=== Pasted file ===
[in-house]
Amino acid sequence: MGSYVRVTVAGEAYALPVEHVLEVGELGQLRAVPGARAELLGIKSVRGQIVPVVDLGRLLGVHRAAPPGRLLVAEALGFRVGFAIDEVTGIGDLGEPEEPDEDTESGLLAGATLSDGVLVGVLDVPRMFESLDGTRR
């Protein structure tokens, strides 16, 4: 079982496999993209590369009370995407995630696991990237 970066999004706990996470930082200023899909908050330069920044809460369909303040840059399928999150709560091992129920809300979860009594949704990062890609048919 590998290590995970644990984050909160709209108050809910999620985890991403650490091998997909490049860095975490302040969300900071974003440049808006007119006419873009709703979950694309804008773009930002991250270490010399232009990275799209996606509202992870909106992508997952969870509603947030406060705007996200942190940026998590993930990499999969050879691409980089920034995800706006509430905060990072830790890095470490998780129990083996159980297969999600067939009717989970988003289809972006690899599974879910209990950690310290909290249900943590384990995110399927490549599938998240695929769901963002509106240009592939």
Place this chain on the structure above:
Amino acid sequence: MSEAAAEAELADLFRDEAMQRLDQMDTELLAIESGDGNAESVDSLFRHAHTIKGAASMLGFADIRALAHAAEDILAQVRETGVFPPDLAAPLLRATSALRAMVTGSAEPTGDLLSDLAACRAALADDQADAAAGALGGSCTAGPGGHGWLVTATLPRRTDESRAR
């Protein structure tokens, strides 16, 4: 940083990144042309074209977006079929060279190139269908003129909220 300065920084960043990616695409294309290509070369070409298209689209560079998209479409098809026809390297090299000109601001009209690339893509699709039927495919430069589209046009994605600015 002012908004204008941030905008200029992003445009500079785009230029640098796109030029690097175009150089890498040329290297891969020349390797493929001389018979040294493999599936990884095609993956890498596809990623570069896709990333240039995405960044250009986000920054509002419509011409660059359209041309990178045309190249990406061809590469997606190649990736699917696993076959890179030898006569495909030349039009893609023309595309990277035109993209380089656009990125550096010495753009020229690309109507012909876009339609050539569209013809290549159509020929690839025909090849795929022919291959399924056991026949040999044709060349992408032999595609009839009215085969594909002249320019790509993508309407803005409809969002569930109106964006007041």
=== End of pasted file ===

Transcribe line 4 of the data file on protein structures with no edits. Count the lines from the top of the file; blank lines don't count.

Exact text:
Place this chain on the structure above: